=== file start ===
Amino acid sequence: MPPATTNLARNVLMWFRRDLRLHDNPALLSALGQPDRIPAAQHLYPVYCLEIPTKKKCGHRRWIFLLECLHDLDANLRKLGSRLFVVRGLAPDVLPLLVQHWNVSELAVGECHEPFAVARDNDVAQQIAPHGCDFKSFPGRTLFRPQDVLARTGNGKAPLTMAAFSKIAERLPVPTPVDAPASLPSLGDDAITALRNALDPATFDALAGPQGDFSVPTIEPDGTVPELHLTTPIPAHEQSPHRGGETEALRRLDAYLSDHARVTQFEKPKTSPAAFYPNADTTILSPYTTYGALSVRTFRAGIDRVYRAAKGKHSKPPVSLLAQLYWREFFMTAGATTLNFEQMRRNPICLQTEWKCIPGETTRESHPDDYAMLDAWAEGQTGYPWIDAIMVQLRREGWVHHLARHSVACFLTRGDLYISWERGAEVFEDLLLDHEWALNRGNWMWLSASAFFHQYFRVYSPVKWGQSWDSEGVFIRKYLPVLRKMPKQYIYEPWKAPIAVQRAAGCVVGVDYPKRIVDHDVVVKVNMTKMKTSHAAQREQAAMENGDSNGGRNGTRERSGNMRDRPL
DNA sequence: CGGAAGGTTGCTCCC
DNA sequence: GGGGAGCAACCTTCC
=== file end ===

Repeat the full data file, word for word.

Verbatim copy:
Amino acid sequence: MPPATTNLARNVLMWFRRDLRLHDNPALLSALGQPDRIPAAQHLYPVYCLEIPTKKKCGHRRWIFLLECLHDLDANLRKLGSRLFVVRGLAPDVLPLLVQHWNVSELAVGECHEPFAVARDNDVAQQIAPHGCDFKSFPGRTLFRPQDVLARTGNGKAPLTMAAFSKIAERLPVPTPVDAPASLPSLGDDAITALRNALDPATFDALAGPQGDFSVPTIEPDGTVPELHLTTPIPAHEQSPHRGGETEALRRLDAYLSDHARVTQFEKPKTSPAAFYPNADTTILSPYTTYGALSVRTFRAGIDRVYRAAKGKHSKPPVSLLAQLYWREFFMTAGATTLNFEQMRRNPICLQTEWKCIPGETTRESHPDDYAMLDAWAEGQTGYPWIDAIMVQLRREGWVHHLARHSVACFLTRGDLYISWERGAEVFEDLLLDHEWALNRGNWMWLSASAFFHQYFRVYSPVKWGQSWDSEGVFIRKYLPVLRKMPKQYIYEPWKAPIAVQRAAGCVVGVDYPKRIVDHDVVVKVNMTKMKTSHAAQREQAAMENGDSNGGRNGTRERSGNMRDRPL
DNA sequence: CGGAAGGTTGCTCCC
DNA sequence: GGGGAGCAACCTTCC